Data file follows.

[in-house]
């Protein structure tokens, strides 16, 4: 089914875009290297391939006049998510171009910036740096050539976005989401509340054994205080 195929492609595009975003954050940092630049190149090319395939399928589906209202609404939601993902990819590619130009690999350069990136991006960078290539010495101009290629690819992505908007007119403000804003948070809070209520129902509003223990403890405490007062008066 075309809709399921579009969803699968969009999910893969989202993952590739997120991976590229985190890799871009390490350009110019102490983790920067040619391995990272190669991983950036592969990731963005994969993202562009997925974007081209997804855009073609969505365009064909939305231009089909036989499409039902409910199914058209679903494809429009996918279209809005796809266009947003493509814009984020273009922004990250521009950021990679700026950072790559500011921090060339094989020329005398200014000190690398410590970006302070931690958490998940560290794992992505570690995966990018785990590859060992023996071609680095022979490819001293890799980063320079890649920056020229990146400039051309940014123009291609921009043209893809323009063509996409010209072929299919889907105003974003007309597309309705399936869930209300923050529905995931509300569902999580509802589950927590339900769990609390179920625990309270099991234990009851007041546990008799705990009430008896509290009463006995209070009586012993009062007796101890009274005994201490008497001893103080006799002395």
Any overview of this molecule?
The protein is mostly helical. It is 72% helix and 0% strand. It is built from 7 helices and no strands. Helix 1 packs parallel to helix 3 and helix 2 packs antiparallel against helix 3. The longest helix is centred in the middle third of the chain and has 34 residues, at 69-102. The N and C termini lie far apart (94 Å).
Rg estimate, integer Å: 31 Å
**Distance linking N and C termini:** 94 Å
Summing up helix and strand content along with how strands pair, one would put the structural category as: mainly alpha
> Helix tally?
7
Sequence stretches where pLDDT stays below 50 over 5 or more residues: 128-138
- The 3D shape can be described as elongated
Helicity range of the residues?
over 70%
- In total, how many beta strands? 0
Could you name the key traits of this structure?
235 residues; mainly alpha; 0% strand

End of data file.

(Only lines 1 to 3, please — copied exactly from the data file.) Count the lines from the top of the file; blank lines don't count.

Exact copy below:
[in-house]
């Protein structure tokens, strides 16, 4: 089914875009290297391939006049998510171009910036740096050539976005989401509340054994205080 195929492609595009975003954050940092630049190149090319395939399928589906209202609404939601993902990819590619130009690999350069990136991006960078290539010495101009290629690819992505908007007119403000804003948070809070209520129902509003223990403890405490007062008066 075309809709399921579009969803699968969009999910893969989202993952590739997120991976590229985190890799871009390490350009110019102490983790920067040619391995990272190669991983950036592969990731963005994969993202562009997925974007081209997804855009073609969505365009064909939305231009089909036989499409039902409910199914058209679903494809429009996918279209809005796809266009947003493509814009984020273009922004990250521009950021990679700026950072790559500011921090060339094989020329005398200014000190690398410590970006302070931690958490998940560290794992992505570690995966990018785990590859060992023996071609680095022979490819001293890799980063320079890649920056020229990146400039051309940014123009291609921009043209893809323009063509996409010209072929299919889907105003974003007309597309309705399936869930209300923050529905995931509300569902999580509802589950927590339900769990609390179920625990309270099991234990009851007041546990008799705990009430008896509290009463006995209070009586012993009062007796101890009274005994201490008497001893103080006799002395």
Any overview of this molecule?